1. Diet Can Impact Inflammation and Cognitive Health
What It Says:
This study, from the National and Kapodistrian University of Athens in Greece, analyzed 1,059 men and women in Greece without dementia and with an average age of 73. The authors looked at the relationship between a diet’s inflammatory potential and the risk for dementia. They used a tool called the diet inflammatory index (DII), which draws food data from 927 peer-reviewed articles that connect different aspects of diet to one or more of six inflammatory biomarkers (IL-1β, IL-4, IL-6, IL-10, TNF-α, and C-reactive protein [CRP]).
Participants completed detailed dietary food logs and underwent dementia testing for an average of three years. At the end of this time, the researchers calculated the DII scores for each participant. Researchers then divided participants into three groups based on how inflammatory their diet was.
Sixty-two participants developed dementia during the study period, and each additional point on the DII score was associated with a 21% increase in dementia risk. Those in the highest third of DII scores were three times more likely to develop dementia compared to those in the lowest third.
Why It Matters:
To quote the study’s senior author, “Diet is a lifestyle factor you can modify, and it might play a role in combating inflammation, one of the biological pathways contributing to risk for dementia and cognitive impairment later in life.”
In other words, we can control what we eat (and don’t eat) in ways that can influence our brain health – for better or worse.
It’s important to keep in mind that this was an observational study using self-reported food logs. Therefore, it doesn’t prove that an anti-inflammatory diet prevents dementia. Humans are also notorious for inaccurately estimating and tracking their intake.
Nevertheless, various mechanisms are likely at play that associate higher inflammation with poorer neurocognitive health. These include dietary factors such as too much sugar, pesticides, food additives, and other endocrine disruptors. Furthermore, this study joins numerous other studies highlighting the relationship between a healthful diet and decreased risk of cognitive decline.
2. Cholesterol and Blood Sugar Impact Alzheimer’s Risk Later in Life
What It Says:
The study aimed to determine whether a person’s cholesterol and blood sugar levels affect their likelihood of developing dementia later in life. The researchers used data from 4,932 participants of the Framingham Heart Study (FHS). In this study, adults underwent thorough medical, dietary, and lifestyle evaluations every four years for most of their adult lives, giving researchers rich long-term data. For this study, they split participants into three age groups: early (35-50), middle (51-60), and late (61-70).
The researchers found that participants with lower levels of high-density lipoprotein (HDL)—50 mg/dL, on average—had a higher incidence of Alzheimer’s disease (AD)in early and middle age. They also found that fasting blood sugars above 100 mg/dL in the middle age group predicted a higher likelihood of developing AD. Specifically, a 15 mg/dL increase in HDL during early or middle age was associated with a 15% decrease in AD risk; a 15 mg/dL increase in glucose during middle age was associated with a 14.5% increase in AD risk.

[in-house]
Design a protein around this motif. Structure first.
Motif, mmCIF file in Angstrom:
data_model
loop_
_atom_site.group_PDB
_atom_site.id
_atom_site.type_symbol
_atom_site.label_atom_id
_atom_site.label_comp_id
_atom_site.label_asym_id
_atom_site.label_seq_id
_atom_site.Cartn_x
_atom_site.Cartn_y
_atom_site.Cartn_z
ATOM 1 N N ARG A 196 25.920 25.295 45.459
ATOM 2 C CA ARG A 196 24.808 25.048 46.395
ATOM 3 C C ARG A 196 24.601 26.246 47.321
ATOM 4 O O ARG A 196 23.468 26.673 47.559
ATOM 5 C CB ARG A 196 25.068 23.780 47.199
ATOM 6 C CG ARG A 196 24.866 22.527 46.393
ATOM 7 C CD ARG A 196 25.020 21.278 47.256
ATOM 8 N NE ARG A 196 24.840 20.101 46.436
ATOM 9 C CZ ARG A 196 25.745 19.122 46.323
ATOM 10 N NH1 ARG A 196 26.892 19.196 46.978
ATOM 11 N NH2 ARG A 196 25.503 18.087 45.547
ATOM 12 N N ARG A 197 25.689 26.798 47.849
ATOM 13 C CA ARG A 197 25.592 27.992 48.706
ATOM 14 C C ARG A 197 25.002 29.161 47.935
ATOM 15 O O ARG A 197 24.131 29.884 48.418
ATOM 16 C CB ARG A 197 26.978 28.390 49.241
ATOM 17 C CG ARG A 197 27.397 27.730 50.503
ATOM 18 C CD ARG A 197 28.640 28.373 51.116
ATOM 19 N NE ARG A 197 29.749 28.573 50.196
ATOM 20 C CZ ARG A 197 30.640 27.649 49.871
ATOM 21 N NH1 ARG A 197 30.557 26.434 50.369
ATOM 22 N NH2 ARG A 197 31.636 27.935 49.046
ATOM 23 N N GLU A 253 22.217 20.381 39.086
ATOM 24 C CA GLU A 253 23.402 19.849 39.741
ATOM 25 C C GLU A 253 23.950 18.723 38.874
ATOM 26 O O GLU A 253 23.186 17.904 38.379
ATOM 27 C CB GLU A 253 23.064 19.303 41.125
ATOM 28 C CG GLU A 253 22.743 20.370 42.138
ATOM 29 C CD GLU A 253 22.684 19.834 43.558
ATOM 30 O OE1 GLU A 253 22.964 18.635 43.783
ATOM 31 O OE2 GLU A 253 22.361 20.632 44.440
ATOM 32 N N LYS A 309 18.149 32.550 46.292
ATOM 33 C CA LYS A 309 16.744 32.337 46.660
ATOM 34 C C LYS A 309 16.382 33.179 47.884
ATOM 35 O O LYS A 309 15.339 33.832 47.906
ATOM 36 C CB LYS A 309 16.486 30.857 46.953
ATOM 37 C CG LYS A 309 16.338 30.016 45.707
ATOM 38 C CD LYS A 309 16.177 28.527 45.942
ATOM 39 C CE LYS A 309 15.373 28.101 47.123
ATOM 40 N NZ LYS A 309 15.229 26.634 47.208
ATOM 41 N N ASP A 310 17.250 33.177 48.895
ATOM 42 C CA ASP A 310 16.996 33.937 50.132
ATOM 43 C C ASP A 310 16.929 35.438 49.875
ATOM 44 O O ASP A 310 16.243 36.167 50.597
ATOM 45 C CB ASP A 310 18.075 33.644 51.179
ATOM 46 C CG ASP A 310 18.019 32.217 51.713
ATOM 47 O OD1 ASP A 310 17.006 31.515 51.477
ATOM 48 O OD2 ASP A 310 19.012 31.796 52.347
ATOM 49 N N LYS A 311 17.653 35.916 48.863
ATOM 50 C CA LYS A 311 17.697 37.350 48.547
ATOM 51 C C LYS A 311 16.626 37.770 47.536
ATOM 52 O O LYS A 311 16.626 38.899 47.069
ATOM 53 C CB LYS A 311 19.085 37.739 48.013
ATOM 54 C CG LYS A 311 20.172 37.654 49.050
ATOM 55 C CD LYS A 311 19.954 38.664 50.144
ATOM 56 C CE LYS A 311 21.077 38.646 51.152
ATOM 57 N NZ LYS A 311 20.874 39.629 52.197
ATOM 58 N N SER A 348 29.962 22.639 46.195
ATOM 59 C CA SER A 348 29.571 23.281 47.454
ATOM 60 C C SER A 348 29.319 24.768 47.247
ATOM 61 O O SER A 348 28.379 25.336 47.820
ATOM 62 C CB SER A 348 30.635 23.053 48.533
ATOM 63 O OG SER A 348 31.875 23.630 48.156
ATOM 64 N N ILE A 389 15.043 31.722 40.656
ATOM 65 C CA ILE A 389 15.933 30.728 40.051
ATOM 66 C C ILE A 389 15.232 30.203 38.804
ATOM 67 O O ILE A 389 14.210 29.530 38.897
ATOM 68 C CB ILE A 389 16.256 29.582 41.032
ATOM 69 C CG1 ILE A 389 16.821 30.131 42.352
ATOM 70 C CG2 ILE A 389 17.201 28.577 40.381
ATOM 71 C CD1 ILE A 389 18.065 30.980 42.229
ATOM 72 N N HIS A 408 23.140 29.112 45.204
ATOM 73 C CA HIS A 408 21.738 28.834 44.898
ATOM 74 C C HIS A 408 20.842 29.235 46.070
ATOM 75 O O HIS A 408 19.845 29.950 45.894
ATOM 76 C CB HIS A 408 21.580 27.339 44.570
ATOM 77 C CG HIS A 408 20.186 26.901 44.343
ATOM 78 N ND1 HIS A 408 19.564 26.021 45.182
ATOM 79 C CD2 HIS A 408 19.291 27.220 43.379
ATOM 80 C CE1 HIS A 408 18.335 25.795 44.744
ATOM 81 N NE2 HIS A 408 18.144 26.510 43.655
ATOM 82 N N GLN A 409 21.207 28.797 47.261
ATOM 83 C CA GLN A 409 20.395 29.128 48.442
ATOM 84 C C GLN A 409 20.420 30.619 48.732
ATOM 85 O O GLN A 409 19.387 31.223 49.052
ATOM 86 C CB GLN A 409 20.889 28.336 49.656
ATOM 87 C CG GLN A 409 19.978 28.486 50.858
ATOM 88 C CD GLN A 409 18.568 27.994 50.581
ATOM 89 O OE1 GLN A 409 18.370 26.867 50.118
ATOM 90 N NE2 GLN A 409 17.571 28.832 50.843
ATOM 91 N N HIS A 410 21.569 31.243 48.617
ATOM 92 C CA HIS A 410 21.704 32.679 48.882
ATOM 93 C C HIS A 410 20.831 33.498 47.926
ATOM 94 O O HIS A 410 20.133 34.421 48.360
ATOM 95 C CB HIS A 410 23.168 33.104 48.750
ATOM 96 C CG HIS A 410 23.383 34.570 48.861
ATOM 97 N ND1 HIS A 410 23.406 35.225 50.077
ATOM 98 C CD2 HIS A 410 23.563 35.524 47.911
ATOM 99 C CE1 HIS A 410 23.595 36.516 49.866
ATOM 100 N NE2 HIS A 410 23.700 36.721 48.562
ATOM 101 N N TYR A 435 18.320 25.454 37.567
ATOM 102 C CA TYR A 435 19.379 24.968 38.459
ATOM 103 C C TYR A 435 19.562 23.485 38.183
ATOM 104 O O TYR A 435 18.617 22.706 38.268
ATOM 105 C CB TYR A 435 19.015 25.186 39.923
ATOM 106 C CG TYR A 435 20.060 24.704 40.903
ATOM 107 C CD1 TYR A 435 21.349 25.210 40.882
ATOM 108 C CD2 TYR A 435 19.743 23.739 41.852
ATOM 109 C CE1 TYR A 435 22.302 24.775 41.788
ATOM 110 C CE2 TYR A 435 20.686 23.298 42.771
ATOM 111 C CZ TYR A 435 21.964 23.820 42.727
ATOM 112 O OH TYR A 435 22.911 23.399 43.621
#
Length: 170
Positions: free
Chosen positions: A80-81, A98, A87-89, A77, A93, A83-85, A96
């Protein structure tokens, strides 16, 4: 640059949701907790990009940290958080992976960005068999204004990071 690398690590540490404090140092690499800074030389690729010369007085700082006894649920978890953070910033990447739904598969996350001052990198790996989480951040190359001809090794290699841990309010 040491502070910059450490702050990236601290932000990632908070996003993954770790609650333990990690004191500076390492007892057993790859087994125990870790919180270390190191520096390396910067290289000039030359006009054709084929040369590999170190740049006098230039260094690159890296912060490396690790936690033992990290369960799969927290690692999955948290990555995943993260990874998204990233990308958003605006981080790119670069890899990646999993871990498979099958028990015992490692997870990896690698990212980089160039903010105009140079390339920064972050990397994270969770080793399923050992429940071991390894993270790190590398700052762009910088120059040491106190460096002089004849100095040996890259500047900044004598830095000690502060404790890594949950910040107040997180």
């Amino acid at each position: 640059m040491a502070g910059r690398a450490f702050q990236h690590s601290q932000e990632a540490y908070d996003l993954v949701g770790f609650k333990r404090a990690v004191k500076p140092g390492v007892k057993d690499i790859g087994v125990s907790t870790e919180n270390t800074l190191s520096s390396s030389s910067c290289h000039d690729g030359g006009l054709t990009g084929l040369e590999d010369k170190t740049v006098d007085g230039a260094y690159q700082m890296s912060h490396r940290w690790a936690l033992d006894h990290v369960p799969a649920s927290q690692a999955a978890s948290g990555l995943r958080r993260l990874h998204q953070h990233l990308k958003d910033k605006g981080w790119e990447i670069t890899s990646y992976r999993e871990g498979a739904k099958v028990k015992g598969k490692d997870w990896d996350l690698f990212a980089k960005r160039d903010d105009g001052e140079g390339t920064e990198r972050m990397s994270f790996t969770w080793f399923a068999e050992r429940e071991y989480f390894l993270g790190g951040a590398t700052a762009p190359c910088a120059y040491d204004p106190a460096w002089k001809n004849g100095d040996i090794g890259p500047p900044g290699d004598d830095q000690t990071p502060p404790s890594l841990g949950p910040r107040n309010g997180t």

According to the researchers, obtaining and maintaining healthy blood sugar and cholesterol levels starting in younger adulthood can decrease a person’s risk of AD several decades later. The researchers also note that these risk factors, especially blood sugar levels, may apply not just to AD but to other types of dementia.
Why It Matters:
Previous studies have supported HDL’s mechanistic role in the development of AD. Since cholesterol levels are modifiable, understanding the precise ways HDL and other lipoproteins impact the buildup of amyloid in the brain can help inform strategies to decrease the incidence of AD. (Amyloid accumulation is thought to be one mechanism of cognitive decline.) Possible interventions could emphasize dietary changes and other lifestyle and medication-focused approaches to optimize cholesterol levels.
Additionally, while the relationship between AD, higher blood sugars, and diabetes has been well established, this is the first study to show that even in people as young as 35 with normal cognition, blood sugar levels impact AD risk later in life for several reasons.
The brain is very sensitive to variations in blood sugar levels. For instance, hyperglycemia can lead to neuron death because it impairs neuron cell functioning. Chronically high blood sugar also leads to high levels of free radicals and cellular stressors. Moreover, high blood sugar can lead to an increased likelihood of cholesterol being deposited in the arteries, especially in the thin arteries of the ventricles of the brain, which are more likely to get obstructed by these plaques. When the arteries are blocked, their brain cells do not receive oxygen or nutrients and die.